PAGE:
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Framework for sustainable community building

by Lisa Prime
in Community Development, Environment

Communities of the 21st century face a host of increasing challenges for sustainability to meet progressive expectations of a climate agenda. While notions of good planning have been shaped over the past two decades by the approach to make our communities sustainable, we need actionable plans. This is critical to the target of becoming a carbon-neutral world.

To reach a carbon-neutral goal and create resilient communities that can adapt to the constantly changing reality we live in, we must expand our thinking. We need to develop an implementation strategy focused on resiliency and leveraging innovation. Low carbon objectives require plans to implement new technology. Beyond addressing significant GHG reductions, plans must also drive investment in green infrastructure and technology more broadly.

Three Critical Elements

While strategy must always revolve around local conditions and priorities, it is possible to use a more universal framework to develop a strong implementation plan for community building. The framework outlines three critical elements in the process: clarifying a strong vision; identifying guiding principles; and defining the methods of operational implementation. All elements must be present and aligned to ensure expected outcomes.

The Mayor by George B. Cuff


The vision defines the future shaped by the desired outcome. This creates meaningful change by taking the time to fully investigate a future vision. Optimal change results by identifying the full range of risks and opportunities for resiliency. The vision can be defined in order to contribute to a positive climate future through resiliency and develop successful, sustainable communities. Big picture questions can consider community objectives and contribute to those objectives. This vision may also include aspirational intentions such as global leadership, but also more specific and focused changes, such as precise low carbon targets, infrastructure resiliency in the face of floods, or transforming a community into a green tech centre to spark revitalization.

The vision is best achieved through consultation with a broad network of stakeholders. This will include those close or affected, but also strategic advisors with knowledge of other places. A review of best practices is informative.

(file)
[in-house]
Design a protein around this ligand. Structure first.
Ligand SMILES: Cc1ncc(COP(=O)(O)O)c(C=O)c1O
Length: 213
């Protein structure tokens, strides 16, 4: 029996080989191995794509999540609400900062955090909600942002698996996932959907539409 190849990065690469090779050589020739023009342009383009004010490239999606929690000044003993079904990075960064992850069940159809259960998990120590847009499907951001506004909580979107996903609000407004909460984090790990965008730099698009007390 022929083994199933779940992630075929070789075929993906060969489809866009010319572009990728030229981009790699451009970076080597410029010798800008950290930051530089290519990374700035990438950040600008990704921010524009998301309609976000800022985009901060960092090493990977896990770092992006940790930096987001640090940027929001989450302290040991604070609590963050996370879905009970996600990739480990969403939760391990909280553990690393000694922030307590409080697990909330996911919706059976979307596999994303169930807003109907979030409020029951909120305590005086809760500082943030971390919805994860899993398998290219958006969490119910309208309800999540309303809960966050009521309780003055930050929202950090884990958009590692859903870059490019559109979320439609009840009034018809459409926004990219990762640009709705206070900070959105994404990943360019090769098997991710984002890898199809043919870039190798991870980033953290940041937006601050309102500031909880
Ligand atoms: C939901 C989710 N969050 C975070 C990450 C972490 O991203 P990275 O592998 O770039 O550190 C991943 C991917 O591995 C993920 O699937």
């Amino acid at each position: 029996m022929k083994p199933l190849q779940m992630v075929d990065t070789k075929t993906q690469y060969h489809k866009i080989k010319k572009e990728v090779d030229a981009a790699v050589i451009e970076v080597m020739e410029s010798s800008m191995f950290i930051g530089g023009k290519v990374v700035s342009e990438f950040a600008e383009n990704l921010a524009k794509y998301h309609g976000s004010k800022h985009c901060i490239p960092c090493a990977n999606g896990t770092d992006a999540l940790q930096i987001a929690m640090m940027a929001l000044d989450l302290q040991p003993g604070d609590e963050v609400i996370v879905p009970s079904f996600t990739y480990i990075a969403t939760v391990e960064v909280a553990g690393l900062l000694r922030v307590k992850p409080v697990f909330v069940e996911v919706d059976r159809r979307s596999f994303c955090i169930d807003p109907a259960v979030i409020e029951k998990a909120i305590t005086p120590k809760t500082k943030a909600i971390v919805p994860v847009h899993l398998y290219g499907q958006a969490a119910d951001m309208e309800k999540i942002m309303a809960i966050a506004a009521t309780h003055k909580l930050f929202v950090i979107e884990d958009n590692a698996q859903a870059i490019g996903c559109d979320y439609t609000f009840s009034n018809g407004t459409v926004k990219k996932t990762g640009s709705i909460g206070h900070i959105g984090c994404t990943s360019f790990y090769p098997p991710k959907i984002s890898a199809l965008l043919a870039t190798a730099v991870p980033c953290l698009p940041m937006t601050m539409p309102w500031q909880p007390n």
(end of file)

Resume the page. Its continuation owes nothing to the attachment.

Guiding principles

Guiding principles clarify focus areas to achieve the vision. These drivers of development deliver lasting sustainability, or social, economic, and environmental benefit. The principles capture aspirational goals and the policy context.

The exploration of policy intent and community objectives may include contemplating changes to how we plan and how we set expectations for new neighbourhood design. For example, a plan guided by the principle of “intelligent and integrated” may generate solutions such as using waste heat from neighbouring industrial uses to support neighbourhood development, or recommending the integration of greywater reuse in buildings, or stormwater reuse.

Benchmarking supports the ideal focus areas for both vision and guiding principles. This is important to advance alternative implementation.

When we benchmark, we consider other projects and other standards in different places. By doing this, we can capture the best examples from different categories and not accept the easy response “we can’t do that here.” Examples will help to support confidence and risk management.

Identifying benefits and challenges in other places will help establish the right opportunities for community action.

Operational implementation

Operational context defines the process changes needed to adopt the vision and the measured value of performance. This includes options such as a greater range of value-based procurement processes, value-based programming for technology to support solutions and community benefits, or low-technology approaches to the role of natural systems. By analyzing data and metrics, we can align key areas of value to support specific technological advancements, such as energy performance and infrastructure operations. Opportunities and barriers can be addressed during the operational phase. Pilot projects and design exercises can contribute to unlocking the potential for advancement, such as electric vehicle uptake or net zero design.

Reaching Carbon-Neutral

To achieve a carbon-neutral world, all communities need strong, actionable plans that address significant GHG reduction in core areas, including buildings, energy, transportation, and waste. To reach this goal, new strategy needs to be applied to policy and development opportunities. Low-carbon initiatives and integrated uses and alternative systems in infrastructure need a resiliency and innovation lens.

Communities need to understand their needs and think differently about achieving them. This includes surveying available data, looking at policy conflicts, defining responsibilities of stakeholders, evaluating risks, inventorying technologies, applying pilots, and assessing value and financing opportunities.  MW

Municipal World Insider and Executive Members: You might also be interested in the full version of this article or in Paula Lombardi’s article: Municipal role in climate change. Note that you can now access the complete collection of past articles (and more) from your membership dashboard.

Lisa Prime is Founder and President of PRIME Strategy & Planning Inc. Her national practice draws on experience leading policy and projects in master planning, including Toronto’s waterfront, advancing development partnerships, and actionable plans.

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